Knowing how to take beauty shots is integral to any photographer’s repertoire. Aside from being useful for portraits, beauty shots are also important for publications, product campaigns, and commercial shoots. But taking a good beauty shot is deceptively complicated. What seems like a simple close-up shot, actually relies on many different details that can make or break your final photo.
If you’re new to beauty shots or you’ll simply looking for a way to elevate your photos, here are some easy on-set tips you can use to enhance your next shoot:
Make a mood board
With a mood board you can organize and plot specific poses, set designs, makeup looks, and themes that you want to emulate. It’s relatively easy to make a mood board, too. If you want to go old school you can use cut-outs from magazines or books. Alternatively, you can create a digital mood board through free online platforms. These can be more eco-conscious and practical since these are paperless, have pre-set themes, and are shareable online. Having your mood board on set is also a great way to keep the whole team aligned with your vision. From the client to the model, everyone can easily reference your mood board.
Prepare your camera settings
Though most photographers already have their preferred camera settings, it still helps to make on-the-day adjustments. This can account for changes in lighting, makeup, and the wardrobe. Similar to skincare product photography, you’ll want to be open to different shooting styles to emphasize unique shapes, shadows, and textures.
Typically, you’ll want to use a high-resolution camera with a macro lens. This lets you create images with the utmost clarity and detail. This is especially important if your shoot is meant to highlight the makeup or jewelry that the model is wearing.
Hire a professional makeup artists
In beauty shots, your subject’s face is the main event. Hence, it’s important to find the right makeup artist who can create a flawless look that won’t distract. With a pro, your model’s makeup won’t look messy or unfinished. Plus, if your model comes in with inflamed skin, an experienced makeup artist will know how to do skin prep.
To reduce any redness, your makeup artist should have sensitive skincare products that will soothe and alleviate the model’s skin. This can include moisturizers with colloidal oatmeal as is it known to relieve irritations. When applied before makeup, it will calm the skin and make it easier to do touch-ups. The better the skin and makeup looks, the less post-editing you’ll need to do.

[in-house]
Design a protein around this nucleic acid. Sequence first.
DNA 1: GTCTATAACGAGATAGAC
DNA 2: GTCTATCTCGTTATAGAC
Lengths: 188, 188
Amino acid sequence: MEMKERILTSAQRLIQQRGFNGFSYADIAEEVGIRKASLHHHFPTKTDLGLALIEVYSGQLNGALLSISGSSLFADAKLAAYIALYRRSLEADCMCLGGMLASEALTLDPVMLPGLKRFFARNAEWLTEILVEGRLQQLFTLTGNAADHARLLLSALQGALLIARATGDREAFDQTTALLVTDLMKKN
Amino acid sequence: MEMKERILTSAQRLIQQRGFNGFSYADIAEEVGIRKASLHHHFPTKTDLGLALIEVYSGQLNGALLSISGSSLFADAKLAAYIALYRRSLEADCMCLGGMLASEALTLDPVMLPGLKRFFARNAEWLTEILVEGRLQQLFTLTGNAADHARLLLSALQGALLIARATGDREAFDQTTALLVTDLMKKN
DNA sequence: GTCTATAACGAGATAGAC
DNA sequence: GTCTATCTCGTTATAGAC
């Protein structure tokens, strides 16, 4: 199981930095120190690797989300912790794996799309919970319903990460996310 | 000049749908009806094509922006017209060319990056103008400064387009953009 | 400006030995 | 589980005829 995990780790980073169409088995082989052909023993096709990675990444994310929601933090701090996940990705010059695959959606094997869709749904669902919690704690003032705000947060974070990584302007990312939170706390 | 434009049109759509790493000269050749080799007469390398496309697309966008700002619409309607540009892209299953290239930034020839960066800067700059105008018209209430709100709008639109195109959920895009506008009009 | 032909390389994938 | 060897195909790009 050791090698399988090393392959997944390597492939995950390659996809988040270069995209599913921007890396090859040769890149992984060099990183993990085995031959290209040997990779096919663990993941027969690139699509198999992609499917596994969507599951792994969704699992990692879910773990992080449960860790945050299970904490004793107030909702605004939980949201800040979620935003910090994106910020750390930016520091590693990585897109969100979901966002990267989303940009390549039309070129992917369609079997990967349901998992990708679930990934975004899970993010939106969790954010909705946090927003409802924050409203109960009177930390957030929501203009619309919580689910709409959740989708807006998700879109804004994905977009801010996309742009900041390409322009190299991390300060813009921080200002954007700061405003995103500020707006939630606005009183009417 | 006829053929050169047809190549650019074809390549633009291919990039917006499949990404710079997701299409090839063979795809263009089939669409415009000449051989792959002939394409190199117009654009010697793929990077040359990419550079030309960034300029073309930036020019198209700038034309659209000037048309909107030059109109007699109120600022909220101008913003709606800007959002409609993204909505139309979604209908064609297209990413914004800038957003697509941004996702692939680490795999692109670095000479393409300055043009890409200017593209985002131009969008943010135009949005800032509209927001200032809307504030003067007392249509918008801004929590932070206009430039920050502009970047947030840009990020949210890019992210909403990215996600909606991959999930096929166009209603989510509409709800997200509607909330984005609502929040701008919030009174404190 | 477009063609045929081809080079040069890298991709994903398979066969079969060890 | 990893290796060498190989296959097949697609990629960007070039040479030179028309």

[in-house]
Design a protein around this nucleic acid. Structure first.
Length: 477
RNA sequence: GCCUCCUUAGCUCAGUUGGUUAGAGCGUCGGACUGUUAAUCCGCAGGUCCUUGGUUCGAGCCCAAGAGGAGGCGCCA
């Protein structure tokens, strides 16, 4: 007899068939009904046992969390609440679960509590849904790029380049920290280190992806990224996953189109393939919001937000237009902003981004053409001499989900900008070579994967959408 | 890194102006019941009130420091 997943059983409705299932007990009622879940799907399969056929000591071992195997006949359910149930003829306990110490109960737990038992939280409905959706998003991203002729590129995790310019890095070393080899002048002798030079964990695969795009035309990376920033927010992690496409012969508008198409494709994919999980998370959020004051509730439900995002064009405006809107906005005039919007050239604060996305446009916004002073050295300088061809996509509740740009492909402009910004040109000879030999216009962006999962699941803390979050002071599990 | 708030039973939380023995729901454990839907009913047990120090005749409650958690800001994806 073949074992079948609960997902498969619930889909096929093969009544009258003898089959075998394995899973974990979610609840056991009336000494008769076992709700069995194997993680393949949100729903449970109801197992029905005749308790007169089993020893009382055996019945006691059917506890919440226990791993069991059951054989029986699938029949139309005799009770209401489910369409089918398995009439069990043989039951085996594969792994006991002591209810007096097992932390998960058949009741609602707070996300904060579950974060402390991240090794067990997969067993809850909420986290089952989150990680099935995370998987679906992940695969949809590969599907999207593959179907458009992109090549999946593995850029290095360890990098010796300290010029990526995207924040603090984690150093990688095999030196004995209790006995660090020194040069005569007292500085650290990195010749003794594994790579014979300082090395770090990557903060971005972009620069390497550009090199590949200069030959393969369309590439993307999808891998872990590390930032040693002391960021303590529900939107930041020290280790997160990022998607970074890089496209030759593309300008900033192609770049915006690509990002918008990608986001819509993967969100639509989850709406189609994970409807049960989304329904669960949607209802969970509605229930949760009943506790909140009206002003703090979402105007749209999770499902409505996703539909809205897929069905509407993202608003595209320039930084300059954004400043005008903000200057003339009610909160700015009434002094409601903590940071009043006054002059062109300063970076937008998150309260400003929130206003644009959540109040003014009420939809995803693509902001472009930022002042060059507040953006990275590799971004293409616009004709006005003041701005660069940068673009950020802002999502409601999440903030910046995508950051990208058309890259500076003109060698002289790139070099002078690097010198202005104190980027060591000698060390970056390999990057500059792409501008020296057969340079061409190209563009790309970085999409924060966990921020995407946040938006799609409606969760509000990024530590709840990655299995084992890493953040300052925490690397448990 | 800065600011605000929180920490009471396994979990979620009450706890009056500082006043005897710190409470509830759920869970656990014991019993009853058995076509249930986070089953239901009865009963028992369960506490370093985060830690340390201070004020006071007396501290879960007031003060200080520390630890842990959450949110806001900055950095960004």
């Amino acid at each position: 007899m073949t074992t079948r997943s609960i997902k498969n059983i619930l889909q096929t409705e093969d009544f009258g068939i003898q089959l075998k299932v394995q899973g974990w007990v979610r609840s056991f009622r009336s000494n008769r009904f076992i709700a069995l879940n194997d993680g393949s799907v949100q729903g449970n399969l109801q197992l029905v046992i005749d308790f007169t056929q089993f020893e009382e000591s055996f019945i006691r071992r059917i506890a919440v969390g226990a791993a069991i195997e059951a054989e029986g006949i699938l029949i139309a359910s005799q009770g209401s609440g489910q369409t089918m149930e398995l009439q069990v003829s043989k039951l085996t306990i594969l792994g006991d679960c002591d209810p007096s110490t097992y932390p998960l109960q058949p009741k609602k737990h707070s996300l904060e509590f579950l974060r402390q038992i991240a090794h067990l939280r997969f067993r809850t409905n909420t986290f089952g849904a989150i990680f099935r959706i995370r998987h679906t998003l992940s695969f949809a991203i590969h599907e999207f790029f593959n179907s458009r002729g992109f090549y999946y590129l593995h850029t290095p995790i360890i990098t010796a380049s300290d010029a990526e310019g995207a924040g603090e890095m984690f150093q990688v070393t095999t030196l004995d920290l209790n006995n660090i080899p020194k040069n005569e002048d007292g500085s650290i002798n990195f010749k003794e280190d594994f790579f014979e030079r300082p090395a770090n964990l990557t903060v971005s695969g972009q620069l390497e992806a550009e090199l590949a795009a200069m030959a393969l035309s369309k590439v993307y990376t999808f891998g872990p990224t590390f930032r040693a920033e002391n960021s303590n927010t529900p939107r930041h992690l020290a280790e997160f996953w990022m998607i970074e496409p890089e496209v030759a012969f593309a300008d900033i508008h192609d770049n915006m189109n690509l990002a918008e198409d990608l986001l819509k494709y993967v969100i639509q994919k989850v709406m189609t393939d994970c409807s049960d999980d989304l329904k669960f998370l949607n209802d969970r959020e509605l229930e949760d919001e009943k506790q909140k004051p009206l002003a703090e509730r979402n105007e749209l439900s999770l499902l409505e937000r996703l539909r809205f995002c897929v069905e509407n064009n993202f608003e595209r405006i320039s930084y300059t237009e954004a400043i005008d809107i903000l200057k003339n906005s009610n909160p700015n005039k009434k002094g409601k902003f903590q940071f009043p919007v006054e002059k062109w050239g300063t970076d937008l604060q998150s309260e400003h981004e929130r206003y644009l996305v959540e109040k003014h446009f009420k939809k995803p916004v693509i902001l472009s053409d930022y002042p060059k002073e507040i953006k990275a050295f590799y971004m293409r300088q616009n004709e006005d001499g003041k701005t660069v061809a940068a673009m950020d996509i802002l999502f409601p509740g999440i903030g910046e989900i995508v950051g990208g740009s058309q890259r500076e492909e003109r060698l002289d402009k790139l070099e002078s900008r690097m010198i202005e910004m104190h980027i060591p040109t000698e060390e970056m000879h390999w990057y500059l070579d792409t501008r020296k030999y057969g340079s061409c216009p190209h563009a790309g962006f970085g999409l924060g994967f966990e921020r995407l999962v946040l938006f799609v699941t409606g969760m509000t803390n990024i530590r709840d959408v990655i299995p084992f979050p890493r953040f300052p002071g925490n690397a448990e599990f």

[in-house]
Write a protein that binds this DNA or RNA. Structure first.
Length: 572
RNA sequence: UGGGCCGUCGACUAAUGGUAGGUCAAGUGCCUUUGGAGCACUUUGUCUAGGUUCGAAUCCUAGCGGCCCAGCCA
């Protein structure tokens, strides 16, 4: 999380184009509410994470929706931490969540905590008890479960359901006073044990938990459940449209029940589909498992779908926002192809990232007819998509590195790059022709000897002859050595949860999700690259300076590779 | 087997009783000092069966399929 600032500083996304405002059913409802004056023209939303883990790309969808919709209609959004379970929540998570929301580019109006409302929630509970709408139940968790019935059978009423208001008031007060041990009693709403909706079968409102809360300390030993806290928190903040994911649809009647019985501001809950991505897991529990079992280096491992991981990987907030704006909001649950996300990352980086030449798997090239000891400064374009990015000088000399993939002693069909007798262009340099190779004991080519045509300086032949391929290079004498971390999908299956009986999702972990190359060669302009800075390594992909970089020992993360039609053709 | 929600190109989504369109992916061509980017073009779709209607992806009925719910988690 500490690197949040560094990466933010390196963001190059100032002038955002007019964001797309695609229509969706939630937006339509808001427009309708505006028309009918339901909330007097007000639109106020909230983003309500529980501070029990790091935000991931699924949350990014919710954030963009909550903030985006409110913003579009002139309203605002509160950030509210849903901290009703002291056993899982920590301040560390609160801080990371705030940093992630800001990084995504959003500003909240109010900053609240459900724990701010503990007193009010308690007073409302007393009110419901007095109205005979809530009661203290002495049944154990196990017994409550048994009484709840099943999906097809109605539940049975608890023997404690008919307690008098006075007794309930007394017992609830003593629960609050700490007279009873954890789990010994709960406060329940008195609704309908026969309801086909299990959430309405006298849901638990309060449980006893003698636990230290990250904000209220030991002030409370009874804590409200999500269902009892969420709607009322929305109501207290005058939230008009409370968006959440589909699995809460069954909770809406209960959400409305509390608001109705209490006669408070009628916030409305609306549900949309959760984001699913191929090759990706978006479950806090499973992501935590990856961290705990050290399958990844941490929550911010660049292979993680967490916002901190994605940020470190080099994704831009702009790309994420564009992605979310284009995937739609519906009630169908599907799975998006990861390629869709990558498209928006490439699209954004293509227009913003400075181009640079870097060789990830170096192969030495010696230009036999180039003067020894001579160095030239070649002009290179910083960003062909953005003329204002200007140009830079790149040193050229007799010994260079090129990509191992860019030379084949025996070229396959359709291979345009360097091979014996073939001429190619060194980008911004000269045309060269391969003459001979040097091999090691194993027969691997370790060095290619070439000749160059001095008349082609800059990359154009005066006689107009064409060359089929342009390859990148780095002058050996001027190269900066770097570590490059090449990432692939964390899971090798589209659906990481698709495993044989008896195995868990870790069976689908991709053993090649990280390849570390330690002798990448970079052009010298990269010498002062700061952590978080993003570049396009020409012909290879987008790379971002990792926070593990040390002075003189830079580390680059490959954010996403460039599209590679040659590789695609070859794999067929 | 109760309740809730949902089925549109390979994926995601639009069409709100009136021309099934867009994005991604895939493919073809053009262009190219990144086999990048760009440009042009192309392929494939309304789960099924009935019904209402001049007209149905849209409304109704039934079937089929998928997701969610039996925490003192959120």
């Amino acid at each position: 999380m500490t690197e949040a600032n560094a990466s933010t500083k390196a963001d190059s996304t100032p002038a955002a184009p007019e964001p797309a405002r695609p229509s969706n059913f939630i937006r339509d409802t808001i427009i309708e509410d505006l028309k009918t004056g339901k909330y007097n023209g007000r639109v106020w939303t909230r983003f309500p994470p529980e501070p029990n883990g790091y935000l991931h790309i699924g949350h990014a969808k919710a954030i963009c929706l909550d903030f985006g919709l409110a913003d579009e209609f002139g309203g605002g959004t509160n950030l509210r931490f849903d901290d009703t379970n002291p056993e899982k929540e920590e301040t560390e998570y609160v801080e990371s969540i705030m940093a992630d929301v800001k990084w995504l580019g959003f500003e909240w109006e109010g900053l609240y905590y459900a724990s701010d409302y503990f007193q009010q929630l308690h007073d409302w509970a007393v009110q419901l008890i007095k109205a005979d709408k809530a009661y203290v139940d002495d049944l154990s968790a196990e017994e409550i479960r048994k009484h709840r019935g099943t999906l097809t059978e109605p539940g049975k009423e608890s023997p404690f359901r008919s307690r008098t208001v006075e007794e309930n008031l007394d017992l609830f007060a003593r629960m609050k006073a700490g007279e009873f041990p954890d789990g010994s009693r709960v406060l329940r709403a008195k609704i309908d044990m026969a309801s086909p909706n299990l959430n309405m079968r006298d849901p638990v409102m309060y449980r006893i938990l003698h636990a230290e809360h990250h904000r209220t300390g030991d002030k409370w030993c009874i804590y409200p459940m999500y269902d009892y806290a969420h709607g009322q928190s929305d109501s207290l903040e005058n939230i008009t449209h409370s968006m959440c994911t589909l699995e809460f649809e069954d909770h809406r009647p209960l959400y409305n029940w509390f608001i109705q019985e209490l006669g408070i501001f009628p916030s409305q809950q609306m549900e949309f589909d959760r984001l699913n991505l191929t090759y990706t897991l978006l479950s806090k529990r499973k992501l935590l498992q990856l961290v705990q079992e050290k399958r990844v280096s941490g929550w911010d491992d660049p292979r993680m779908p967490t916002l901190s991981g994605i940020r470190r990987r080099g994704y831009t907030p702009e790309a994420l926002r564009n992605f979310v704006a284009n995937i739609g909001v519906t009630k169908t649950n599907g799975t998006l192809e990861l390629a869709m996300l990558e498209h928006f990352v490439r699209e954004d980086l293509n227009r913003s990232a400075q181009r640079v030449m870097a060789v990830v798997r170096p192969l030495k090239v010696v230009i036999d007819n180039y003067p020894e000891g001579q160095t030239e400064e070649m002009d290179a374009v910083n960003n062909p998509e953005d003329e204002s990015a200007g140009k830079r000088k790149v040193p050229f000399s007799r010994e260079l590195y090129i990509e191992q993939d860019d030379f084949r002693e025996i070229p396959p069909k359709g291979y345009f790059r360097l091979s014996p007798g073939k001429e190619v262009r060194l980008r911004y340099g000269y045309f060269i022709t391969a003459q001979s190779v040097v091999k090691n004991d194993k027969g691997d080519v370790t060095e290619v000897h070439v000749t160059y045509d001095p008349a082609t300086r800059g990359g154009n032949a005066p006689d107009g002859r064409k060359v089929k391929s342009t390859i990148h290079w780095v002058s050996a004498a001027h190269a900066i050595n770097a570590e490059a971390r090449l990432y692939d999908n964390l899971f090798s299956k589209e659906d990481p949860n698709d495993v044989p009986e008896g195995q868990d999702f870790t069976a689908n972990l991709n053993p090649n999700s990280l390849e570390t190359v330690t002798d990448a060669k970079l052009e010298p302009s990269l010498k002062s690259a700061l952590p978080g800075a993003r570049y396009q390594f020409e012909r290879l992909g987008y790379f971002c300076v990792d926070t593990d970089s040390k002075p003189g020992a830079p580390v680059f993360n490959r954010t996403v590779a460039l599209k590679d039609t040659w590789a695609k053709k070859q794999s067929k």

Choose the right backdrop
If you’re planning on using a dynamic printed backdrop, make sure that the colors complement your model’s makeup and the product you’re showcasing. If need be, you may want to play with depth and blur. This way, your image will still have the suggestion of print without taking up too much attention. A safer choice, though, is a solid seamless paper backdrop. These are affordable and non-reflective options that you can easily set up.
To choose the best color, take into account color psychology and theory. Neutral shades like grey and white brighten the face and encourage concentration. Meanwhile, deeper shades like red or brown create warmth and add an inviting atmosphere. If you’re doing multiple looks, it helps to have a production assistant who can swap backdrops for you. If you have the extra help, it’ll be easier to find the right backdrop on the spot.
Play around with lighting options
Lighting can make all the difference, especially in beauty shots. As a general rule of thumb, soft lighting can help diffuse features. Alternatively, targeted lighting can create more emphasis on certain areas. You can choose one type of lighting or pair both for a more balanced finish. To better control your lighting, try out a Three Point Lighting setup that can give you a full and well-rounded image.
This usually involves three separate light sources, but the actual placements depend on you. On the day of the shoot itself, it also helps to have light modifiers like beauty dishes. This way, you can better direct the light as needed. If you’re on a limited schedule, try different light setups before your model arrives so you at least have a rough idea of what works.
While a large part of what makes a shoot successful lies in pre-production, what can really set your shoot apart is how you work on the day itself. Once you’ve perfected an approach to beauty shots that marries your vision with your client’s, you’ll be confidently producing images that are gorgeous, effective, and high-quality.